Scaling fish energetics from individuals to communities
thesisposted on 28.03.2022, 02:55 authored by Diego Barneche Rosado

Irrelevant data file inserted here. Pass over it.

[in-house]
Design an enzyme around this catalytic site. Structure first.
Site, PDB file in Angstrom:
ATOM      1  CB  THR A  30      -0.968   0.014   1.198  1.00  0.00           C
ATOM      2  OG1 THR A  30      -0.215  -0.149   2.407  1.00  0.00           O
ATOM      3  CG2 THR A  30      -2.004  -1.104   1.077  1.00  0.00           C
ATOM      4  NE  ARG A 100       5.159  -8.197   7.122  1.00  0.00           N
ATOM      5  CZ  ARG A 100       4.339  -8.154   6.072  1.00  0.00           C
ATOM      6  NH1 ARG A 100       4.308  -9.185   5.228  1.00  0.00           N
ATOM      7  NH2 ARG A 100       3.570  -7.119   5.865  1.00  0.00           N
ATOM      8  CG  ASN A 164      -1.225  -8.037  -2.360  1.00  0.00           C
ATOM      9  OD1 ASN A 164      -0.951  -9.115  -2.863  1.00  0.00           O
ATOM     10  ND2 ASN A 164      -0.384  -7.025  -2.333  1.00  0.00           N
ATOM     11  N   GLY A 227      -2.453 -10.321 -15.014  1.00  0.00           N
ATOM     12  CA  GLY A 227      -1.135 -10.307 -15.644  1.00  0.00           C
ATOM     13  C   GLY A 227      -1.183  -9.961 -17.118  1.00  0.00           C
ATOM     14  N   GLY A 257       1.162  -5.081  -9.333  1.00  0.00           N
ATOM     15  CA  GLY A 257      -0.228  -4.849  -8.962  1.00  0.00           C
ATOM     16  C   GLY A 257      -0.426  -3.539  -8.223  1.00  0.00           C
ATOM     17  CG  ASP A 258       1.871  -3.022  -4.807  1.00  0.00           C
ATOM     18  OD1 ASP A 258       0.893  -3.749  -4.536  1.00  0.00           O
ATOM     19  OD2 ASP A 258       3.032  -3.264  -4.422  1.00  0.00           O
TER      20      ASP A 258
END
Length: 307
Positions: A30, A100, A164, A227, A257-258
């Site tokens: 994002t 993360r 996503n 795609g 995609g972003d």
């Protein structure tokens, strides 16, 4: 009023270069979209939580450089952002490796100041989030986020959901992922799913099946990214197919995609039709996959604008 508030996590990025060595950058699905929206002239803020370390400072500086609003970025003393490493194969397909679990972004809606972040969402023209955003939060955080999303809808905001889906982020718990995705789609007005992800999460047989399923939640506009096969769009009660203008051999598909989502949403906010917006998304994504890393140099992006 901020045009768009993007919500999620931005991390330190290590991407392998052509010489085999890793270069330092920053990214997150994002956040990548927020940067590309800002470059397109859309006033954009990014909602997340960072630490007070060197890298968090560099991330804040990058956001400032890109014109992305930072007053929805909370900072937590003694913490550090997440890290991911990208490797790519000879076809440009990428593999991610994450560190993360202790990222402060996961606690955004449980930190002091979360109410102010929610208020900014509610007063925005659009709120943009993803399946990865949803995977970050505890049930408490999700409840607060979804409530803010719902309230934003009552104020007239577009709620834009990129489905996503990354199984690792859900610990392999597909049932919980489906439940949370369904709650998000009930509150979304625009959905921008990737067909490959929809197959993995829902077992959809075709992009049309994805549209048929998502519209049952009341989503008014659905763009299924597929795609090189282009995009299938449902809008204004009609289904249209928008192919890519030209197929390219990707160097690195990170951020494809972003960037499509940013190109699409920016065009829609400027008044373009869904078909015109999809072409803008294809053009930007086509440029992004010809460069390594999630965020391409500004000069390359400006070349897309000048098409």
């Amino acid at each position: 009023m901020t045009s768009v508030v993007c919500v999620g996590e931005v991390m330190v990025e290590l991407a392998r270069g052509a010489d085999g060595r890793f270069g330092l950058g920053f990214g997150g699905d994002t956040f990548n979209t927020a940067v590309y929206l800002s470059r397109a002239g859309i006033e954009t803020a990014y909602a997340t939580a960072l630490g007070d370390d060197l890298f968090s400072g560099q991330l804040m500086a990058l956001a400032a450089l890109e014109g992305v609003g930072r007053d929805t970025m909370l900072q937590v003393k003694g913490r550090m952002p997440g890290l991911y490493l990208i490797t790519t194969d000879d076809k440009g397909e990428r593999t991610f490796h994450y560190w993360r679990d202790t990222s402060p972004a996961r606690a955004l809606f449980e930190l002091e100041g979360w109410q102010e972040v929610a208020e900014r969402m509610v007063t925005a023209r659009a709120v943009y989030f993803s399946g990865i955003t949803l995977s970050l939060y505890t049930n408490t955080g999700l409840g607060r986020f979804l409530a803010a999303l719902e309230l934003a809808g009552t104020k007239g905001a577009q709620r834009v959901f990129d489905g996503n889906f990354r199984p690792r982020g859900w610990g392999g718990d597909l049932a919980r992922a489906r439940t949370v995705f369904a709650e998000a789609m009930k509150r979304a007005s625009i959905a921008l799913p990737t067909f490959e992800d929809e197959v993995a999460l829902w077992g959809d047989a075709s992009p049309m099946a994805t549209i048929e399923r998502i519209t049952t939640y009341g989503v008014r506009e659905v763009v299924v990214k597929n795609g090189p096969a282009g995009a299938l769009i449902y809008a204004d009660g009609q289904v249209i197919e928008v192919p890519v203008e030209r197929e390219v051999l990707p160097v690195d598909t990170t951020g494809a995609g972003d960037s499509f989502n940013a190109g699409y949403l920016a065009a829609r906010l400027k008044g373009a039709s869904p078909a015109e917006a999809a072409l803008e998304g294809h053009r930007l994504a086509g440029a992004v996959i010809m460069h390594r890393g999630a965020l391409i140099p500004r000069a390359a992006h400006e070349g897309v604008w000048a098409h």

Two distinct biological currencies - energy and materials - are essential to life because both are required for the maintenance, growth and reproduction of organisms. Modelling ecological phenomena on the basis of these currencies therefore holds potential for developing a deeper understanding of how the availability of energy and materials in the environment constrains life, in all its diversity, across space and time. In this dissertation, I use the Metabolic Theory of Ecology (MTE) as a framework to explore how individual energetics influences biological processes at distinct levels of organization, from individuals to communities. Particularly, I explore how body mass, environmental temperature, and other variables constrain (i) metabolic rates and growth rates of individuals, and thereby influence (ii) densities of populations at different trophic levels and (iii) the standing biomass and energy fluxes of communities that differ substantially in species diversity. I use fishes to address these questions because they encompass the highest species richness among vertebrates, they encompass more than seven orders of magnitude in body mass, and they occupy diverse habitats that vary substantially in thermal regime across the globe. At the individual level, MTE predictions are generally well supported, although deviations attributable to differences among taxa are clearly noted. By contrast, at the population and community levels, while I do find evidence of energetic constraints, deviations from MTE-derived predictions are frequently observed, highlighting the importance of factors other than individual energetics. I conclude by discussing the implications of these findings to climate change biology and ecosystem dynamics, and highlight avenues for future research.